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Wildfires are a global menace. Always threatened are U.S. states such as Oregon and California. Now, a new German-language film from celebrated writer-director Christian Petzold is based on a growing forest fire near the Baltic Sea. But this is not your typical disaster movie. The winner of the Grand Jury Prize at this year’s Berlinale, Afire is primarily a love story. It is so nice that it doesn’t fall into expected Hollywood norms/clichés of heroism, cheesy speeches and big-budget action sequences when there are flames to be engulfed by. This presents our take on a more realistic portrayal of how society responds.

However, with summer blockbuster season upon us in North America all these noisy bombastic films have descended — Mission: Impossible, Oppenheimer, Barbie etcetera. Nevertheless, warm weather also means time for relaxation so why not watch a quieter movie instead?

Ultimately however the more subdued approach of Afire reaches its zenith and our expectations get quickly subverted in few words thereafter, thus storytelling clichés around romance and happy endings? These ones Petzold throws away too. His new film begins with two guys driving to some vacation house in the middle of nowhere hoping to do some work.

Thomas Schubert plays Leon perfectly—like a narcissist—a successful writer who’s struggling through his next novel; it must really be hard for him at times! Felix (Langston Uibel) who is an excellent photographer will also be there for the summer holiday while staying at their family home. After some car trouble they finally arrive at the place where they meet Nadja (Paula Beer), who happens to be Felix’s family friend while gradually falling in love with Leon.. Felix would rather not sleep with girls though — Devid (Enno Trebs), a homosexual lifeguard employed at their nearby beach resort happens to be his taste, instead. Devid washes cars during the day and is also friends with Nadja – this is how the entire group gets to know each other at that getaway home perpetually threatened by forest fires we talked about before.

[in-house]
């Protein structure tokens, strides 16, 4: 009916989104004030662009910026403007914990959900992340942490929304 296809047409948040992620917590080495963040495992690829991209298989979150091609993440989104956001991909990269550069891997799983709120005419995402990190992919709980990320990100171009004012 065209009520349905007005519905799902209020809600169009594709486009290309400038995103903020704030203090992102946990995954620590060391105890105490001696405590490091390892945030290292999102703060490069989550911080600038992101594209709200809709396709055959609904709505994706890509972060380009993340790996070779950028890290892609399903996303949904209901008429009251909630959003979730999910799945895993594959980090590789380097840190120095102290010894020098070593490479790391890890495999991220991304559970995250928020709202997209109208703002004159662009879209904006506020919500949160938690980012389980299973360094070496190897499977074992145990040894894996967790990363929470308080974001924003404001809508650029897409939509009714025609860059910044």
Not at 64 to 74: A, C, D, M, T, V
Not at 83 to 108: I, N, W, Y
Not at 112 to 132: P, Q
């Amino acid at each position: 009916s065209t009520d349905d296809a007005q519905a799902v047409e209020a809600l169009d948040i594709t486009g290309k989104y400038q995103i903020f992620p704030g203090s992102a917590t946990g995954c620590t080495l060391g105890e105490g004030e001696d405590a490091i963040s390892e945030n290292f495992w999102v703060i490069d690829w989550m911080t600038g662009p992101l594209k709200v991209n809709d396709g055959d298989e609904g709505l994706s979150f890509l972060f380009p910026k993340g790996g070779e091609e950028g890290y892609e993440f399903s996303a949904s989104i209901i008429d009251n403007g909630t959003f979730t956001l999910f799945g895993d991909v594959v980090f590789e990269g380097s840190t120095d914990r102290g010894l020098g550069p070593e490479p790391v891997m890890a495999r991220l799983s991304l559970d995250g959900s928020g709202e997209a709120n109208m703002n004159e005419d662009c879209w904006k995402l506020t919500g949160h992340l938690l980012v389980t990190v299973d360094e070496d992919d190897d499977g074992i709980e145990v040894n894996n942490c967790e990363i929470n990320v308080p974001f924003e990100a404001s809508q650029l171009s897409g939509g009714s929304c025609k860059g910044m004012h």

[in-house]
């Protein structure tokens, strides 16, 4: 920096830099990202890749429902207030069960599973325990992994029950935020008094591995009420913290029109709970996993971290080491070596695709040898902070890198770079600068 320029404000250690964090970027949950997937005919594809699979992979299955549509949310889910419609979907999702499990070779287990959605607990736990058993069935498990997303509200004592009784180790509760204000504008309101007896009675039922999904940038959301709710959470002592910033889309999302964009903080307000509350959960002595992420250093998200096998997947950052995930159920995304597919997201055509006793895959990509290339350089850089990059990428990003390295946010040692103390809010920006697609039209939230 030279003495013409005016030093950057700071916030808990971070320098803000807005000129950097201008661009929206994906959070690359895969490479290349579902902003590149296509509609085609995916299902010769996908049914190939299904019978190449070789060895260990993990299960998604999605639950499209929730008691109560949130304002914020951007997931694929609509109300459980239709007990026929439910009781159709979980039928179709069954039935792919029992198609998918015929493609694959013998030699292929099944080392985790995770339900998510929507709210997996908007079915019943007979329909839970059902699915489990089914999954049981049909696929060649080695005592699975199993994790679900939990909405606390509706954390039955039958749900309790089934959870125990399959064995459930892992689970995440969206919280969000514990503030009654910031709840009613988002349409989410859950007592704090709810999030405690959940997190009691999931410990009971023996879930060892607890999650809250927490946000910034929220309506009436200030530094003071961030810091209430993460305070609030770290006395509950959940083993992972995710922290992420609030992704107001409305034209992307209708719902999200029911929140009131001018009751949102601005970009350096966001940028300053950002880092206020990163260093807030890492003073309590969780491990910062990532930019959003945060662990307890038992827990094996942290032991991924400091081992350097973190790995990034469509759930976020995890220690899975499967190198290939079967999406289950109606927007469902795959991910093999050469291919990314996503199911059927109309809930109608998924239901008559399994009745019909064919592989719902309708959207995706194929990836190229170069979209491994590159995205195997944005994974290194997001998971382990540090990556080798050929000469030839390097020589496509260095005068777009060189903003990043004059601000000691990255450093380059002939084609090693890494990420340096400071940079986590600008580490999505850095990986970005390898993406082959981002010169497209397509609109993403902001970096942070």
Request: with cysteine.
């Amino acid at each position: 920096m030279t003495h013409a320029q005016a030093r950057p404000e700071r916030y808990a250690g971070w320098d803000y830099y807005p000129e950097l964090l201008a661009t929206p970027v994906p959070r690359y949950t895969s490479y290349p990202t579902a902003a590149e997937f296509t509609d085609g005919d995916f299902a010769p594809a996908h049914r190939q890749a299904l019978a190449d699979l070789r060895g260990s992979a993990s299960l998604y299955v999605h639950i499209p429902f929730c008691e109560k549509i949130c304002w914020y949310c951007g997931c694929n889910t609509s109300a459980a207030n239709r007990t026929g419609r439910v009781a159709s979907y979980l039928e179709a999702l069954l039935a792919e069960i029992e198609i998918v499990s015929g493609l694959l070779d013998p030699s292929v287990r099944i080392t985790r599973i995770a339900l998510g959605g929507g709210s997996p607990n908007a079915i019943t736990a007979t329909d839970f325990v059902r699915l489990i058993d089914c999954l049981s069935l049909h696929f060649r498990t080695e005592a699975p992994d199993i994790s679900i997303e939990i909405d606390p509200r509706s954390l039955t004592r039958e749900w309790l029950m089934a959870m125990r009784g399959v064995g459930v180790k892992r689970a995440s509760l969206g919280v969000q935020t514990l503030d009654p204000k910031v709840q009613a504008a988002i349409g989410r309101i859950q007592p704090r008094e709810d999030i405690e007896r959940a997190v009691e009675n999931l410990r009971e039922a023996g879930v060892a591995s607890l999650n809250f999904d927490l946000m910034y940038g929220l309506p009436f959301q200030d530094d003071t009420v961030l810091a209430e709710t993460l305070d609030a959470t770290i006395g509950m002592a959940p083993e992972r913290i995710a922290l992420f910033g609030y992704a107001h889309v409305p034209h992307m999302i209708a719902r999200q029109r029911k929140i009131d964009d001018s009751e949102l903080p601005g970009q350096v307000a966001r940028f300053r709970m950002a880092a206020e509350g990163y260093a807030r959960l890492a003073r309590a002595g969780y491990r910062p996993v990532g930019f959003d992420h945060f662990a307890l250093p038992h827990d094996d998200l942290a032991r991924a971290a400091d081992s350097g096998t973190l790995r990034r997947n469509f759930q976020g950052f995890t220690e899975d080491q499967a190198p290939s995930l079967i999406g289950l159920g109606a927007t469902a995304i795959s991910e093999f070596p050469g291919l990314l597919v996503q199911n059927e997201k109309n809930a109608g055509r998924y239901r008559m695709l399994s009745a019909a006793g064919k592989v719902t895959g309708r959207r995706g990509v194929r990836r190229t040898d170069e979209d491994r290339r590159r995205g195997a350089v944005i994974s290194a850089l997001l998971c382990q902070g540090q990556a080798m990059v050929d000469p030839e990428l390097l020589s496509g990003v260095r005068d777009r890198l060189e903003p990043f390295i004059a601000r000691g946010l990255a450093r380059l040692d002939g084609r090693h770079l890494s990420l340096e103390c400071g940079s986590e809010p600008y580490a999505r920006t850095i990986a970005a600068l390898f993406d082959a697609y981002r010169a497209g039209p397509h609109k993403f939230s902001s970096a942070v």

The presence of four single-and-ready-to-mingle buddies in the woods might lead one to assume some sort of lusty misbehavior occurs. Oh no. Instead, there are some thoughtful conversations taking place around the picnic table outside, overhead views of imminent fire danger looming, and an examination into Leon’s unfinished manuscript aptly called Club Sandwich for laughs.

Sometimes Afire slows down to a fault and may not work for everyone, but Schubert’s self-righteous writer will be loved worldwide. You don’t need to say anything when you’re acting, half of it has been said, and therefore whenever you see him in the film he has a priceless look on his face that adds a layer of comedy to this very serious and ultimately sad story. This face is relatable; there’s even a point where he tries checking himself into a hotel nearby so as not get distracted by new acquaintances; he was caught making fun of their manager behind her back though.

However, it mainly does this through action instead of dialogue— which is impressive enough on its own thank you very much. And above all else viewers will certainly identify with Leon’s continuing bad habit of simply discussing his need to write without actually doing any writing whatsoever.

How would you handle danger—probably become Tom Cruise or Will Smith in order to save the world? Not really. Another nice touch about Afire is that the main characters react more like real people when the bushfire begins moving closer to them at an alarming speed. And that old saying, “when it rains, it pours,” really comes to mind in this climactic third act.

Helmut (Matthias Brandt), Leon’s publisher, flies into town for a visit and they are going over Club Sandwich together when disaster strikes twice. Suddenly Helmut falls sick and he has to be rushed to hospital without fail. This situation of greater importance might have been exploited by a big budget Hollywood production with some dramatic accompanying music. Instead of relying on extra musical accompaniment, Petzold allows his imagery alone to tell us how serious the matter is. Good job, my friend!

Finally one of the couples dies as a result of wildfires. We do not want to disclose who but it is shocking and will make you cry when you find their burnt bodies holding each other tight. It is from that scene that we see at the start of First Cow (2019) by Kelly Reichardt where two human skeletons are found clasping hands.

Moreover, Afire showcases beautiful beach and wilderness imagery all along as well as conversational dialogue between four friends on life and related topics such as love relationships and jobs. Nadja played by Paula Beer is excellent; she had worked with Petzold before in Undine which was also award winning. What’s next for both these actors is eagerly awaited!

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